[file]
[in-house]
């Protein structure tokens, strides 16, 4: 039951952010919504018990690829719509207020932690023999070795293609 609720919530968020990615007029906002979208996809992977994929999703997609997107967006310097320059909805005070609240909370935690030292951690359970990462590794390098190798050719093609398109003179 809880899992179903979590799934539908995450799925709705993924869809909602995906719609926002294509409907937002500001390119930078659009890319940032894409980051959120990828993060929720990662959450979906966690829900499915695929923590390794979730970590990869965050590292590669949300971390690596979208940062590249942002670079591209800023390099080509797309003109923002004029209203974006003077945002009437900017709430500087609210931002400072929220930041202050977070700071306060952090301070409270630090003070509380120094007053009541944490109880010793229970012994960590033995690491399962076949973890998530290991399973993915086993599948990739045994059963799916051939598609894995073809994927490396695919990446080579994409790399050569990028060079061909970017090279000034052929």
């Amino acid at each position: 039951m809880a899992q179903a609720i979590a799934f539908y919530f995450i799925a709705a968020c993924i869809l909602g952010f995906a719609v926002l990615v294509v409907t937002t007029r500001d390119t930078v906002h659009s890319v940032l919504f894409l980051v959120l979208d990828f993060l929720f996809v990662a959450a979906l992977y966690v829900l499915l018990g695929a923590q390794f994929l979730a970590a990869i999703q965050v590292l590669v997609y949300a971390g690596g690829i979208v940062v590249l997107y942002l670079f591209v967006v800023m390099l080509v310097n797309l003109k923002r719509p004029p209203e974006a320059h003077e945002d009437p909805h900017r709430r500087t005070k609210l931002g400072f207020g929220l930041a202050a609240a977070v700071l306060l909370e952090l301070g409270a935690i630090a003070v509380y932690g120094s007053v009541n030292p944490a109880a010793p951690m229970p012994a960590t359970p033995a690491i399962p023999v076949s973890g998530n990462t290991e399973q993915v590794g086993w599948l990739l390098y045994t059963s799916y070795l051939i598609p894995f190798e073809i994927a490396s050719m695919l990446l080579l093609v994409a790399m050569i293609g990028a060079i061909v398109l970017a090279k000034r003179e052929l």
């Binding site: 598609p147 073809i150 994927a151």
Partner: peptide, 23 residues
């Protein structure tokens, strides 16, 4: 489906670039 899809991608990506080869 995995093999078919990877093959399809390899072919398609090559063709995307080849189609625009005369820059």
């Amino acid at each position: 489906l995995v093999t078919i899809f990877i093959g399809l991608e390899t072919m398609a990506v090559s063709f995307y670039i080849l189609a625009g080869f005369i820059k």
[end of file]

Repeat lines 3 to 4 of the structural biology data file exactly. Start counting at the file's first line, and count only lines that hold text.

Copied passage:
């Amino acid at each position: 039951m809880a899992q179903a609720i979590a799934f539908y919530f995450i799925a709705a968020c993924i869809l909602g952010f995906a719609v926002l990615v294509v409907t937002t007029r500001d390119t930078v906002h659009s890319v940032l919504f894409l980051v959120l979208d990828f993060l929720f996809v990662a959450a979906l992977y966690v829900l499915l018990g695929a923590q390794f994929l979730a970590a990869i999703q965050v590292l590669v997609y949300a971390g690596g690829i979208v940062v590249l997107y942002l670079f591209v967006v800023m390099l080509v310097n797309l003109k923002r719509p004029p209203e974006a320059h003077e945002d009437p909805h900017r709430r500087t005070k609210l931002g400072f207020g929220l930041a202050a609240a977070v700071l306060l909370e952090l301070g409270a935690i630090a003070v509380y932690g120094s007053v009541n030292p944490a109880a010793p951690m229970p012994a960590t359970p033995a690491i399962p023999v076949s973890g998530n990462t290991e399973q993915v590794g086993w599948l990739l390098y045994t059963s799916y070795l051939i598609p894995f190798e073809i994927a490396s050719m695919l990446l080579l093609v994409a790399m050569i293609g990028a060079i061909v398109l970017a090279k000034r003179e052929l």
């Binding site: 598609p147 073809i150 994927a151």